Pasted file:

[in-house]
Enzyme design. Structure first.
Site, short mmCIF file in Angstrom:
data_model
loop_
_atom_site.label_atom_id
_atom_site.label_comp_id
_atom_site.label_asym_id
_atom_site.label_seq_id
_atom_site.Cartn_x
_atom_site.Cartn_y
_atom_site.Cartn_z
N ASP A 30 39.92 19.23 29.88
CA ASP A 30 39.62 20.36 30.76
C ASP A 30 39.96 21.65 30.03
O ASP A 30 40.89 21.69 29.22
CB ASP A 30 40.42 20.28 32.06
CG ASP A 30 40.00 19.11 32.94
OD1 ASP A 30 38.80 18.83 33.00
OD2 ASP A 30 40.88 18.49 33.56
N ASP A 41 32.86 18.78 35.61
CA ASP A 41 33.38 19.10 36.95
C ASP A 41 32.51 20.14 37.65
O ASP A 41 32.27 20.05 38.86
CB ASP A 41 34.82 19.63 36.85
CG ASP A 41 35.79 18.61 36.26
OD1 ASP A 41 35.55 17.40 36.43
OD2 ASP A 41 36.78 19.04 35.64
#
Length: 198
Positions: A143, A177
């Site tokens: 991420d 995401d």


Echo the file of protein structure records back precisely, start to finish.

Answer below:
[in-house]
Enzyme design. Structure first.
Site, short mmCIF file in Angstrom:
data_model
loop_
_atom_site.label_atom_id
_atom_site.label_comp_id
_atom_site.label_asym_id
_atom_site.label_seq_id
_atom_site.Cartn_x
_atom_site.Cartn_y
_atom_site.Cartn_z
N ASP A 30 39.92 19.23 29.88
CA ASP A 30 39.62 20.36 30.76
C ASP A 30 39.96 21.65 30.03
O ASP A 30 40.89 21.69 29.22
CB ASP A 30 40.42 20.28 32.06
CG ASP A 30 40.00 19.11 32.94
OD1 ASP A 30 38.80 18.83 33.00
OD2 ASP A 30 40.88 18.49 33.56
N ASP A 41 32.86 18.78 35.61
CA ASP A 41 33.38 19.10 36.95
C ASP A 41 32.51 20.14 37.65
O ASP A 41 32.27 20.05 38.86
CB ASP A 41 34.82 19.63 36.85
CG ASP A 41 35.79 18.61 36.26
OD1 ASP A 41 35.55 17.40 36.43
OD2 ASP A 41 36.78 19.04 35.64
#
Length: 198
Positions: A143, A177
């Site tokens: 991420d 995401d």